When someone is in the early stages of dementia or cognitive decline, the common reaction is often a mix of concern and denial. Family members, caregivers and patients alike search for ways to understand what is going on. Is the “forgetfulness” due to lack of sleep or stress? Could it be a medication-related thing? Could that newly-observed “short temper” be the result of a specific incident or is it a sign of frustration and a lack of comprehension? Sometimes the changes are so slow, that it’s people who don’t see the person daily that are the first to notice a change. When the signs of dementia first appear, we look for answers pretty much everywhere but where the answers might actually reside – in the cognitive medical world.
When The Signs of Dementia First Appear
When the signs of dementia first appear, it is important to understand what is going on. The first thing to do is to get a complete medical evaluation with a licensed physician. Some behaviors may look concerning, but they could be related to a correctable or addressable medical condition. Sometimes sleep apnea and poor sleep can cause confusion; sometimes small adjustments to medications or hydration can do the trick. Sometimes adjusting routines or providing additional non-intrusive, gentle oversight can have a remarkable impact on one’s ability to focus and maintain independence. But the important thing to do is to understand the root causes of behavior changes so that the best possible care plan can be pursued.
Pursuing Person-Centered Care
We know the causes of dementia are many – Alzheimers, some forms of Parkinson’s disease, Lewy bodies to name a few. Recent advances in medications have been able to slow the progression of many of these diseases, allowing patients to stay independent longer and remain with their families. But in most cases, there comes a point in time when safety and the best interest of the patient and family require a higher, more specialized level of care administered by experts who understand your loved one’s condition but also will take the time to understand your loved one as a person. That kind of care is called Person-Centered Care.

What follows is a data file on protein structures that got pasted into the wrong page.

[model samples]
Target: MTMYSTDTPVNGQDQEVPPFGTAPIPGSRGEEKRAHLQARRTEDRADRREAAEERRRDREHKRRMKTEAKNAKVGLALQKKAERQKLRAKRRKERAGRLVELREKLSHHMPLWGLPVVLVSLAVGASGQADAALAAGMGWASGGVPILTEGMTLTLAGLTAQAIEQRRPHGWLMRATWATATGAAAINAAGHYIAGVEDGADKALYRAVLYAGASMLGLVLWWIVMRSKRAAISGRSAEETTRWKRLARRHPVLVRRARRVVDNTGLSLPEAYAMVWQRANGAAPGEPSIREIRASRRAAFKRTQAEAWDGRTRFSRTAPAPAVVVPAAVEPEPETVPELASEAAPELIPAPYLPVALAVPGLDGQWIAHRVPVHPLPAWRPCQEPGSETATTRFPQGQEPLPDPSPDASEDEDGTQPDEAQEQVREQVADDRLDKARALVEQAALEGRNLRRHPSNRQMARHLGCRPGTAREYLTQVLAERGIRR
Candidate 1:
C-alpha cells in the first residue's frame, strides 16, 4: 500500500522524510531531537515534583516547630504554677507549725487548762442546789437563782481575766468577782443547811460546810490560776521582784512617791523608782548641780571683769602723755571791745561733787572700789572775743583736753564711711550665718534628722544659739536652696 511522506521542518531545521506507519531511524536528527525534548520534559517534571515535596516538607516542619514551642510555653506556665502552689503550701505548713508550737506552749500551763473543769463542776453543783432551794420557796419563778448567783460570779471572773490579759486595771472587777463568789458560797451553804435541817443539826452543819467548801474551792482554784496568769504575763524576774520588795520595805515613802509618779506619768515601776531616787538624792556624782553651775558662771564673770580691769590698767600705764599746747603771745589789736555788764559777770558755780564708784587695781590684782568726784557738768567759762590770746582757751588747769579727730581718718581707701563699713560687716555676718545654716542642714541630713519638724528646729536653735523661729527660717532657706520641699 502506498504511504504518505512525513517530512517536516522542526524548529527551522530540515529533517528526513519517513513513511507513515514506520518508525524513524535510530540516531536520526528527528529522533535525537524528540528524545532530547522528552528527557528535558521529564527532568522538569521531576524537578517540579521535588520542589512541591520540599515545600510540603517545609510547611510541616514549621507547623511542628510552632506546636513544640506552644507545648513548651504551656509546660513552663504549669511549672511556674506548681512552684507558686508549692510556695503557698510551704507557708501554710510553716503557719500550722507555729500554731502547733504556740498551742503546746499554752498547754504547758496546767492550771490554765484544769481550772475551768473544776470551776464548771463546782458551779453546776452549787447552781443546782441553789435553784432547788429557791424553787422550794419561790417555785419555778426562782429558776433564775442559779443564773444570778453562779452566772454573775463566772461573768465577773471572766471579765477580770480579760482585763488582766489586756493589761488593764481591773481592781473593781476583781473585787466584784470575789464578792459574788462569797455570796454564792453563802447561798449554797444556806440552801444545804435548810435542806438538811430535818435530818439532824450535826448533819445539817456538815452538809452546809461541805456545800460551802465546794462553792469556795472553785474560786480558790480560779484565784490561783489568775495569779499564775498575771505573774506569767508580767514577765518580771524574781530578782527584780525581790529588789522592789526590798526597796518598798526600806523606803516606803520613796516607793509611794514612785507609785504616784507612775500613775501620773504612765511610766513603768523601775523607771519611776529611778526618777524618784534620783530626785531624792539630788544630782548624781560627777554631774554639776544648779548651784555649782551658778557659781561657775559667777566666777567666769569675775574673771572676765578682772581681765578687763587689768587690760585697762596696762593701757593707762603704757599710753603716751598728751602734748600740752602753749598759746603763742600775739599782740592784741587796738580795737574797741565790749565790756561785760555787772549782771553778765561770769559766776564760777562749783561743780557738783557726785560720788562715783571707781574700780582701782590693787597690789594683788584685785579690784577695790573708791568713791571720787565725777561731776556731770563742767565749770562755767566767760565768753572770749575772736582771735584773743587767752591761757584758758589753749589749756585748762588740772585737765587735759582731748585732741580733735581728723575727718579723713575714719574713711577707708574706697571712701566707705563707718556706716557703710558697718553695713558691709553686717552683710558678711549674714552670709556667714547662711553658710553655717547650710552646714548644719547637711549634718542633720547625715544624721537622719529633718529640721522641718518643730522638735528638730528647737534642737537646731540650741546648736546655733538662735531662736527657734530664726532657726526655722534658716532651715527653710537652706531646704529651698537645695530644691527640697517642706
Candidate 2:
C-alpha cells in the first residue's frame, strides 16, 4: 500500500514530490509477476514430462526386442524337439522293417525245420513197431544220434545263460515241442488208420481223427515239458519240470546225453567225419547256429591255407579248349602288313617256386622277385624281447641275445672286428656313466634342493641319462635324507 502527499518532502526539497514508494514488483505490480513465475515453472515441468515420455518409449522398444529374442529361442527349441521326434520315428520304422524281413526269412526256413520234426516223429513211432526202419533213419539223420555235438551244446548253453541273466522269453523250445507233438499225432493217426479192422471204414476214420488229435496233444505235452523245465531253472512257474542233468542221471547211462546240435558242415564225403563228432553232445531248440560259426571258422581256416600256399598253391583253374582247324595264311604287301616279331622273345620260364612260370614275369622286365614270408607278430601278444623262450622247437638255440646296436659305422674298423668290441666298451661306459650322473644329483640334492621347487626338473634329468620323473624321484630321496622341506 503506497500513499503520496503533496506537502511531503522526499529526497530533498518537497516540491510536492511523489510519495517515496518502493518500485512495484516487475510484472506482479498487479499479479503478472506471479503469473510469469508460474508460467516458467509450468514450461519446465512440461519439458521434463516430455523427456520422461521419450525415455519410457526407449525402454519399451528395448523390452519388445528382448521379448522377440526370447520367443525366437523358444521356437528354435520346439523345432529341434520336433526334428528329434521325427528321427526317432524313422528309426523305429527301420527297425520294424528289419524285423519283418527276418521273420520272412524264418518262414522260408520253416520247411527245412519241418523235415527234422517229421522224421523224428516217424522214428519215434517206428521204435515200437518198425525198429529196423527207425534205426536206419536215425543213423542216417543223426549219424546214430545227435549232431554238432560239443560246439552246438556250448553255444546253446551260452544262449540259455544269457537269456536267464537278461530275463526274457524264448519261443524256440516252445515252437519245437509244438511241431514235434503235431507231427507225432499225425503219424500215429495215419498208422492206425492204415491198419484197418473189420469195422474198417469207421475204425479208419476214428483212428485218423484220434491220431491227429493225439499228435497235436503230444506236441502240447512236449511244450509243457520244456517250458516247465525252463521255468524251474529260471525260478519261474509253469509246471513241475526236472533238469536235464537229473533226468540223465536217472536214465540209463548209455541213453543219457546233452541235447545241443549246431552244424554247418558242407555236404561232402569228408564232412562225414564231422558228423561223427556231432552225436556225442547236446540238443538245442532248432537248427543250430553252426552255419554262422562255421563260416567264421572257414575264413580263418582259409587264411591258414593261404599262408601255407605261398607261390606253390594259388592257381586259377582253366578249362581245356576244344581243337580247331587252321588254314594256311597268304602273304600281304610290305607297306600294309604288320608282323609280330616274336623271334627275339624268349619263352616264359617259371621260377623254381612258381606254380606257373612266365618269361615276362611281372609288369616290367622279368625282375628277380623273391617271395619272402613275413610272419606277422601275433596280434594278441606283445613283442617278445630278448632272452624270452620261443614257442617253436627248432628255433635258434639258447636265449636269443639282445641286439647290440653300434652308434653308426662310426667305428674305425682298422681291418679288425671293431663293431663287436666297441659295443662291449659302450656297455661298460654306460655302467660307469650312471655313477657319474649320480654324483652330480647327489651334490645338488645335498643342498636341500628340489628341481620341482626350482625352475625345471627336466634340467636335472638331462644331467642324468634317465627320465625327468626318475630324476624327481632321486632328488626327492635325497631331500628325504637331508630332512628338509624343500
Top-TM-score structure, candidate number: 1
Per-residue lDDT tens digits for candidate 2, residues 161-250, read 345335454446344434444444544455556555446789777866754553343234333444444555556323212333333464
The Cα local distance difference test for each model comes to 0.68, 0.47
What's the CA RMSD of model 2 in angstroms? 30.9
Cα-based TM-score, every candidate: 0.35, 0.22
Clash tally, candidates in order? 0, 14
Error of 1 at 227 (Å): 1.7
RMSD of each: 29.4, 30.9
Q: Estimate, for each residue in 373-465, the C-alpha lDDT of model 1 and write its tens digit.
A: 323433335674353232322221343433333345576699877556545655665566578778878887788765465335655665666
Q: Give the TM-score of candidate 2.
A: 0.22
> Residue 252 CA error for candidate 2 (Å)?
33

In short, Person-Centered Care focuses on the patient’s needs and not the needs of the provider. At the core of person-centered care is the self—who we are, our values and beliefs, etc. Selfhood is so much more than memory and should not be viewed only in terms of cognitive abilities. Recognizing and maintaining selfhood is key to person-centered care. As shared in the following article, research has discovered that the “essence” of the person remains – long after memory fails. That is why it is important that each patient be treated as the individual that they are.
Researchers have found intact manifestations of selfhood in spite of significant cognitive impairments and that it is not intact autobiographical memory that constitutes self or personal identity (Sabat & Harré, 1992; Sabat & Collins, 1999).
Reaching the Person Within
The Hicks Memory Care team at Chandler Hall utilizes state of the art ways to maintain connections with each of our patients. For example, Snoezelen therapy is a calming, multi-sensory environment that is used to stimulate memory while calming emotions.
For the person with dementia, the world can feel fragmented and confusing. Without specifically constructed environments and interactions that allow patients to utilize the skills that remain, patients can potentially slip deeper into disorientation, confusion and even isolation.
The Snoezelen Environment
Snoezelen therapy provides direct and indirect sensory stimulation to the individual or even a small group. Chandler Hall maintains a Snoezelen room that provides a variety of stimulations that affect the six major sensory inputs.
- Visual Stimulation (Sight) – Optic fiber spray and projected images
- Auditory Stimulation (Sound) – Relaxation music, music from their past
- Olfactory (Smell) – Aromatherapy, familiar scents
- Tactile Stimulation (Touch) – Different textured fabrics, weighted blankets
- Proprioceptive and vestibular stimulation (Movement) – Rocking Chairs, stretching and reaching exercises.
Each Memory Care resident is evaluated for the most appropriate Snoezelen tool that provides that person with the best connection according to their preferences. Perhaps a resident loves being transported back to their high school days with music from Glenn Miller or the early Beatles. Or maybe the gentle rocking of a rocking chair or the weight of a heavy blanket can help to relieve anxiety. The availability of a variety of sensory choices allows the staff and the patient to find the best fit to transport that patient through their personal memory bank and engage in ways that are meaningful to them.
With each session, care is taken to assure that each patient gets the appropriate amount of stimulation as well as the type of stimulation for that particular day. That is just one more example of how the Person-Centered Care ethos of Chandler Hall is incorporated into each patient’s daily life here.